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Public procurement is a fundamental, crucial component of democratic governance, poverty reduction, and sustainable development. Governments around the world spend an estimated US$9.5 trillion in public contracts every year, which in many developing countries represents approximately 15-22 percent of GDP. From building roads and power stations, to purchasing pharmaceuticals and securing trash-collection services, efficient use of public resources contributes to better delivery of services.

Public procurement also serves as a significant policy instrument, which governments can use to propel changes in public service delivery, create fiscal space and jobs, and stimulate private sector growth. A well-performing public procurement system increases citizens confidence in government and private sector competitiveness, especially by leveling the playing field for small- and medium-sized businesses. Increasingly, developing countries and donor agencies recognize the importance of strong procurement systems to build viable partnerships and collaboration between private and public sector actors and resources.

The World Bank’s Procurement Department helps partner countries ensure efficient use of public resources in Bank-financed projects and through reforms of the countries’ procurement ecosystems. It is responsible for the implementation of World Bank Procurement Framework (described below). More importantly, the Governance-Procurement Department, together with its various partners within and outside the World Bank Group, is a leading authority on public procurement tools and techniques.

Strategic Direction

The World Bank’s Governance-Procurement support focuses on two key directions:

        1. Fiduciary/Operational Function

The World Bank’s operational procurement role is to provide fiduciary oversight and support project preparation and implementation to ensure proper design and use of resources to drive development results in client countries and deliver best value-for-money. The Bank procurement staff provide fiduciary support to project procurement and contract management and assist with monitoring the procurement portfolio.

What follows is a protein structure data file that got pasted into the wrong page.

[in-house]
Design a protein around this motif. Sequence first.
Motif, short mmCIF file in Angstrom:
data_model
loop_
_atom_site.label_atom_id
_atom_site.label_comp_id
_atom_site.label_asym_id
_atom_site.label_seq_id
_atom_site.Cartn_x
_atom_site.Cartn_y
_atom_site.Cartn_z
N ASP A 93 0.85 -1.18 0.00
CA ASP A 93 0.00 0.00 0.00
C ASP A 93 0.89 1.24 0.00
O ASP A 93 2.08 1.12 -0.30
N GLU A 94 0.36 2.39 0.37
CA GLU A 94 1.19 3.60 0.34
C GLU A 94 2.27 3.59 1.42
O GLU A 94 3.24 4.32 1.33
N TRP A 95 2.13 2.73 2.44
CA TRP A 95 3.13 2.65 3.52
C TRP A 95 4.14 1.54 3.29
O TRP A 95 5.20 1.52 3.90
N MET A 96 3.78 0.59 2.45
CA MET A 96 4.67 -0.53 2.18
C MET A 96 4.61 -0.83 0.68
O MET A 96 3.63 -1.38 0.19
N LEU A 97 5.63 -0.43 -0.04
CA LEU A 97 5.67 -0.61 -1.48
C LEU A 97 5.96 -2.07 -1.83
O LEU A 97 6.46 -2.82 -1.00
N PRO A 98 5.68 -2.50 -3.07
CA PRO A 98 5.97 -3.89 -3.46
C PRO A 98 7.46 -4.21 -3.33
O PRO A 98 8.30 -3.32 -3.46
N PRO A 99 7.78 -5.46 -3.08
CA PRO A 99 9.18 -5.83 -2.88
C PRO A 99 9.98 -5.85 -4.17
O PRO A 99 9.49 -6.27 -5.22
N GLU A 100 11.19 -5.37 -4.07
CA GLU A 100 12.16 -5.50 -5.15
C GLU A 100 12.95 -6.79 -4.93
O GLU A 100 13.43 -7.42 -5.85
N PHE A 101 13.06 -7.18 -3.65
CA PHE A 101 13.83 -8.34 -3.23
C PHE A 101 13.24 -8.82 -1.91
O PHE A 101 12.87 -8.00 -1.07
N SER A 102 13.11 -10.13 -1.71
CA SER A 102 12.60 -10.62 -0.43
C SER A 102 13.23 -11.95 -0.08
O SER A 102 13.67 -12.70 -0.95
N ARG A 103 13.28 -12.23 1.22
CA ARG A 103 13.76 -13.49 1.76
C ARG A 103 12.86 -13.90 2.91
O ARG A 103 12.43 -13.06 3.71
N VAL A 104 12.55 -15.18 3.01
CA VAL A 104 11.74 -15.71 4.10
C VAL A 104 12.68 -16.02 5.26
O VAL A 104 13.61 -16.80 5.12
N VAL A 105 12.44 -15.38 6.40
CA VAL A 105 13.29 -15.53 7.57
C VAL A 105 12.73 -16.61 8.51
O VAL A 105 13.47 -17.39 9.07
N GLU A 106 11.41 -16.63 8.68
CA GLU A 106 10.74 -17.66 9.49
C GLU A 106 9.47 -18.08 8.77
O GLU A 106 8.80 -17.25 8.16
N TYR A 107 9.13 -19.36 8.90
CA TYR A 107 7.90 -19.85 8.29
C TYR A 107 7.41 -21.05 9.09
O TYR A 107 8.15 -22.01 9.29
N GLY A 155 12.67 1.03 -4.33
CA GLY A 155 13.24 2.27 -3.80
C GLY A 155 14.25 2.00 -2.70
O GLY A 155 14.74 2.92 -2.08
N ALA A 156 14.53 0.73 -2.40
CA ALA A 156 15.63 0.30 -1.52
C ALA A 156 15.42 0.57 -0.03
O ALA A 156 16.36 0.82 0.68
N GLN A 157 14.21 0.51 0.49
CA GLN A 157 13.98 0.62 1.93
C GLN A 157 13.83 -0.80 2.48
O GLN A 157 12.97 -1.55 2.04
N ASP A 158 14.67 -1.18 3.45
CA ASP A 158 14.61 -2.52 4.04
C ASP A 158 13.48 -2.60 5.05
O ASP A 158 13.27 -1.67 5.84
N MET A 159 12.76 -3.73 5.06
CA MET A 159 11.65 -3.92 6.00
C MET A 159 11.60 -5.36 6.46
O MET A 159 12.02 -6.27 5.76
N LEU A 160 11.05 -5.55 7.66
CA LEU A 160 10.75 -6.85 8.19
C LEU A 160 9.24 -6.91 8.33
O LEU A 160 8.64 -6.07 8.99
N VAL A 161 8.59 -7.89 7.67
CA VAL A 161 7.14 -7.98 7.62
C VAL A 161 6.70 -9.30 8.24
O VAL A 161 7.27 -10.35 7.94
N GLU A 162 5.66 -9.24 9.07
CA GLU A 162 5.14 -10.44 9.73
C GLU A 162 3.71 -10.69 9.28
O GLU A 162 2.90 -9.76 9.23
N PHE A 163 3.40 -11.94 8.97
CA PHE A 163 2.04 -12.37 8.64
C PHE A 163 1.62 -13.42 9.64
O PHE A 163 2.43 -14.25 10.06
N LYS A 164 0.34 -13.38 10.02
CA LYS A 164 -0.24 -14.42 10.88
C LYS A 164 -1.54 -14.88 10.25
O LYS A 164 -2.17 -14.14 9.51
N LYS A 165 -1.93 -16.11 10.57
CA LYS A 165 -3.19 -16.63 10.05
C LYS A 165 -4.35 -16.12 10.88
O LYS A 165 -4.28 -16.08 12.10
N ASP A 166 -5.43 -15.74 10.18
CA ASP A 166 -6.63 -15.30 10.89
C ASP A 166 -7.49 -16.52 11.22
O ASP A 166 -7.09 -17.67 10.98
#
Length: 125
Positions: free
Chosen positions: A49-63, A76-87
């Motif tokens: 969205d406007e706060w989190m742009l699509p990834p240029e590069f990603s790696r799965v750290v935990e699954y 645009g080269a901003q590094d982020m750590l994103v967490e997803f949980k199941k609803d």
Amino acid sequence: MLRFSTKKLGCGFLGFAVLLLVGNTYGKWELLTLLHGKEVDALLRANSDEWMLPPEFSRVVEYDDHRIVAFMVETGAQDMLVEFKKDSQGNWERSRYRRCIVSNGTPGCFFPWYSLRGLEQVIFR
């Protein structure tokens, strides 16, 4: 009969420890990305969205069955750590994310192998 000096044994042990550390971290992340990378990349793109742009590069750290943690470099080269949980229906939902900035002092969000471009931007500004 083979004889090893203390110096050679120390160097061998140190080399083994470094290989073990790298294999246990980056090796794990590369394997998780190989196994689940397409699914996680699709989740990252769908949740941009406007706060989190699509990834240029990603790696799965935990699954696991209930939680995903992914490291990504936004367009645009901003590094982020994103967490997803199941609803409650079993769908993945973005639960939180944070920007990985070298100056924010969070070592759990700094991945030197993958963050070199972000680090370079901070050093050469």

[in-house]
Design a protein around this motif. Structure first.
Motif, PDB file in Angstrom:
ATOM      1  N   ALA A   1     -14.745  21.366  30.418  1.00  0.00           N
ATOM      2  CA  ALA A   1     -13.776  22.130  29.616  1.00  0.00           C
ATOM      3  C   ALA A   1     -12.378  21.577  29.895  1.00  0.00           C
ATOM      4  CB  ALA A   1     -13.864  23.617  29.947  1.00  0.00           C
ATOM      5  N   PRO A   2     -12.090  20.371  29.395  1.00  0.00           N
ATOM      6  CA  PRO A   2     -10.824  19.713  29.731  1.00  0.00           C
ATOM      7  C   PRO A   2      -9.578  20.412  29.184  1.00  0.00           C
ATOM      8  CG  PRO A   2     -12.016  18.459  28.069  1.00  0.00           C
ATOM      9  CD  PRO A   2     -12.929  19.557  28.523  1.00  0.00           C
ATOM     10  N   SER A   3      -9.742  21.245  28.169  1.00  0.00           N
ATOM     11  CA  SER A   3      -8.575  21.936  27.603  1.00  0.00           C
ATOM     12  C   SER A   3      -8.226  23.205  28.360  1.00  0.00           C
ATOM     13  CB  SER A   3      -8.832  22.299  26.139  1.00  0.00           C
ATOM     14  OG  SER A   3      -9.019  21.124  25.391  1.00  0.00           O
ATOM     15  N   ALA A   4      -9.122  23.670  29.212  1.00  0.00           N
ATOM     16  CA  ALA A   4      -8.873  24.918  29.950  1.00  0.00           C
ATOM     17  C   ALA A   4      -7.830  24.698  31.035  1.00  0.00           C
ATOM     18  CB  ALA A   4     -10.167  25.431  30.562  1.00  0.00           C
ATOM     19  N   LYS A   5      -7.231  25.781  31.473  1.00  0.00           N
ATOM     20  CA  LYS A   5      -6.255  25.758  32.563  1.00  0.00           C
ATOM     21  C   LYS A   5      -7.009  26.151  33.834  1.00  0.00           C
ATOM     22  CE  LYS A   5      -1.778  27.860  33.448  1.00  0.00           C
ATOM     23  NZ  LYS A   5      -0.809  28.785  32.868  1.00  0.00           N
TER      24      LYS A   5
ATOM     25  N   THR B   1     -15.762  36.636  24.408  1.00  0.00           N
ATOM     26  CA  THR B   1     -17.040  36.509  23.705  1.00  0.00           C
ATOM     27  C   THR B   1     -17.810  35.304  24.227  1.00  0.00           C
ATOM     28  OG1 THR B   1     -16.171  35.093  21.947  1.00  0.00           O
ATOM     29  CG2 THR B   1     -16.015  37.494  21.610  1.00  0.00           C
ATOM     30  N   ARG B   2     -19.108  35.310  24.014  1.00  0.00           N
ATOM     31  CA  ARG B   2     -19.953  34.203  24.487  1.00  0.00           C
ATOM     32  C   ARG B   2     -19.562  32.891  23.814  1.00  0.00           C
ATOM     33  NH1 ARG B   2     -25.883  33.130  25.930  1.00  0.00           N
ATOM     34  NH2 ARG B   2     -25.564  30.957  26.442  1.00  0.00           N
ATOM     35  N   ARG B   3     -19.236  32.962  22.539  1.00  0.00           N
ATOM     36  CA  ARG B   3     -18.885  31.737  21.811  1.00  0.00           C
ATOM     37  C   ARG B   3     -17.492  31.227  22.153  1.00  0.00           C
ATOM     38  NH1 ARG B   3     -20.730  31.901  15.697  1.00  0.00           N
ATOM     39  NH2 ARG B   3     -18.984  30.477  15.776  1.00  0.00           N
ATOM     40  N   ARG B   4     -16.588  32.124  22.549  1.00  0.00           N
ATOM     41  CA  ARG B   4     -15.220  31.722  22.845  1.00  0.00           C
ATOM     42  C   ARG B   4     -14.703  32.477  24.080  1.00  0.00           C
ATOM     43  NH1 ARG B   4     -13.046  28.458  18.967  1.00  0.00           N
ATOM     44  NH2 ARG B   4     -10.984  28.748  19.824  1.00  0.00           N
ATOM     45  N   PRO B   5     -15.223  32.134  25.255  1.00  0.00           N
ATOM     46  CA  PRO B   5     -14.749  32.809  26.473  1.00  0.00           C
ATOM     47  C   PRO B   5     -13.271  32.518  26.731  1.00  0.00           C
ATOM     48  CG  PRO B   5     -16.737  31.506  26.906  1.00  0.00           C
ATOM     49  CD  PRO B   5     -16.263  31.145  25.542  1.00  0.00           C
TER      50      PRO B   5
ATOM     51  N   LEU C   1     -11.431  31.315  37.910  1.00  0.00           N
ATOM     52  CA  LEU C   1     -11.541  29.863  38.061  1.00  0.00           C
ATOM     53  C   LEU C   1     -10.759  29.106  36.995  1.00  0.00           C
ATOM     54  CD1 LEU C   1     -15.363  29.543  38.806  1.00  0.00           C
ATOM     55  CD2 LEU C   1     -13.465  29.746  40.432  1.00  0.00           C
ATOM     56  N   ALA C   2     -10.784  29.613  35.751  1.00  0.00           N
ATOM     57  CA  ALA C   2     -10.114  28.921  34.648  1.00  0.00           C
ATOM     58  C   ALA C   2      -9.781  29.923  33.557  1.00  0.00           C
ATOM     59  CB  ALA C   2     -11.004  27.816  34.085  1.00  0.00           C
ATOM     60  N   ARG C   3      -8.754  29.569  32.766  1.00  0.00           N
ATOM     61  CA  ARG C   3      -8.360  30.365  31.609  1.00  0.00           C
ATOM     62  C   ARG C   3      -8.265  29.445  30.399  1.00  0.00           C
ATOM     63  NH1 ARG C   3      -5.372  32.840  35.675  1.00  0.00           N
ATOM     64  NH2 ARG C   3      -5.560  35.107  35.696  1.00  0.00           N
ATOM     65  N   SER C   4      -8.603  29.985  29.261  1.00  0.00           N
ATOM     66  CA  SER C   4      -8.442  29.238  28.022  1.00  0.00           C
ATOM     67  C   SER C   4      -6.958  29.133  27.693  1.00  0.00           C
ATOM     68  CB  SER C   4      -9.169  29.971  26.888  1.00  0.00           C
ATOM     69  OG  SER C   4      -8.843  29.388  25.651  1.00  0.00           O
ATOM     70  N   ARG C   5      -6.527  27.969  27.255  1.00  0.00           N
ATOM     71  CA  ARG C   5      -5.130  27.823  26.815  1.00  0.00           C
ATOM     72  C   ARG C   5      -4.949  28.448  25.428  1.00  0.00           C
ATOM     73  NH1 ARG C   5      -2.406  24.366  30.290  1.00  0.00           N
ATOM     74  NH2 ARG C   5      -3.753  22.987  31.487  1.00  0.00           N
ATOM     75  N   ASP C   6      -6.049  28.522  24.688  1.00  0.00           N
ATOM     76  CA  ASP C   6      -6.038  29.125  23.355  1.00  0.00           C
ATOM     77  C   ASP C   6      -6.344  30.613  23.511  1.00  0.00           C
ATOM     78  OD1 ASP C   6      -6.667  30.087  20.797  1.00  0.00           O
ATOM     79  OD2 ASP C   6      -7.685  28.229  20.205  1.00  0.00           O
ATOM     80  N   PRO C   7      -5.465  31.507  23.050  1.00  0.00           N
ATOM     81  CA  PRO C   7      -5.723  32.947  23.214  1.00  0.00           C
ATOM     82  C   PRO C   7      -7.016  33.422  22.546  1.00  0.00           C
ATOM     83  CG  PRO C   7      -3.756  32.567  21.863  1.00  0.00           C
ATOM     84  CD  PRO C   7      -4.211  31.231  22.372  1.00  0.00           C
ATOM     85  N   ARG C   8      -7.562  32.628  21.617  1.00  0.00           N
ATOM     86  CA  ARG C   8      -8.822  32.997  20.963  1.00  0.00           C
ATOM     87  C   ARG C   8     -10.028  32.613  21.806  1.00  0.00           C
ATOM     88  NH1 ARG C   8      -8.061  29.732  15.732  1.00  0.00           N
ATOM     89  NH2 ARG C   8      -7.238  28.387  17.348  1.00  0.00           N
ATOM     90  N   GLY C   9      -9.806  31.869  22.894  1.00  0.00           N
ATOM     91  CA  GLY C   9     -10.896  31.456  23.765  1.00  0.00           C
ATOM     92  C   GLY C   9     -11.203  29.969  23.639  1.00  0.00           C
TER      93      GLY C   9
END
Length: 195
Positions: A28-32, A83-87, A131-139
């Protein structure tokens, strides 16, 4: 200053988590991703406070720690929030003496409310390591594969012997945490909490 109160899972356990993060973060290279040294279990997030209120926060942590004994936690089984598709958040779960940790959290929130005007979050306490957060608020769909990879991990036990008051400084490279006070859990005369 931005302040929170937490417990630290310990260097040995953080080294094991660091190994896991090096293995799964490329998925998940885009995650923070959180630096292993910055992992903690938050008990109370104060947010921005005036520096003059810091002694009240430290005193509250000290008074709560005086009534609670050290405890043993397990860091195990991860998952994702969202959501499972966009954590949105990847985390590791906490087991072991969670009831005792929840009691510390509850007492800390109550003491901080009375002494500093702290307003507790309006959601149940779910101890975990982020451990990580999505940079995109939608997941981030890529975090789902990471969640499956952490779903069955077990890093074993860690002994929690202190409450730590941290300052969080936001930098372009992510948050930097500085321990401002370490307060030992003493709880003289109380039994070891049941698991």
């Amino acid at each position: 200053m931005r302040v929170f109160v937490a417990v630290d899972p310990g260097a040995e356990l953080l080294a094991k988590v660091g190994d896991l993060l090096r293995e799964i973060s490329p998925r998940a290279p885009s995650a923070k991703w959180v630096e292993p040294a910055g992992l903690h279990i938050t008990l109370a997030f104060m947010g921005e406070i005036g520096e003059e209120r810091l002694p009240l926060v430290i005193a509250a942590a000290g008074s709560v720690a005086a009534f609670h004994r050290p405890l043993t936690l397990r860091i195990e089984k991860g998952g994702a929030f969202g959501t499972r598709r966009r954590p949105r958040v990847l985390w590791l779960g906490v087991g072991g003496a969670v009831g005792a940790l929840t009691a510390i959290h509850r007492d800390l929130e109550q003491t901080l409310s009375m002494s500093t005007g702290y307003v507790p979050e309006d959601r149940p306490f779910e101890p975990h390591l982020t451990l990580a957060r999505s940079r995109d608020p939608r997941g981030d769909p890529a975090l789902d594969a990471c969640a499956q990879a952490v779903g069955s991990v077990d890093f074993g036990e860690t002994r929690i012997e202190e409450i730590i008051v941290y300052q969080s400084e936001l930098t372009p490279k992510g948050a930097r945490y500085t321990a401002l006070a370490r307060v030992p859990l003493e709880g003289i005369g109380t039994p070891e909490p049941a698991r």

2. Country Engagement

World Bank procurement teams provide technical and country-specific knowledge and support to governments seeking to strengthen their public procurement function. This covers public procurement systems, including laws and regulations, governance and political contexts, professional institutions, and technological infrastructure – such as electronic Government Procurement (e-GP).

World Bank Procurement Framework

The World Bank launched a new Procurement Framework in 2016  that provides a modern set of tools and techniques – such as Project Procurement Strategy for Development (PPSD), Hands-on Expanded Implementation Support (HEIS), Alternative Procurement Arrangements (APA), and the new Systematic Tracking of Exchanges in Procurement (STEP) - that ensure faster delivery with value-for-money. The Framework covers initial and/or life cycle costs and quality as well as other factors, such as risk, proportionality, predictability, sustainability, flexibility, innovation, timeliness, and targeted outcomes during the entire procurement cycle.

The World Bank’s Procurement team supports over 1,750 active projects and around 480 projects under preparation with a total lending commitment of around $300 billion.

Last Updated: Apr 14, 2020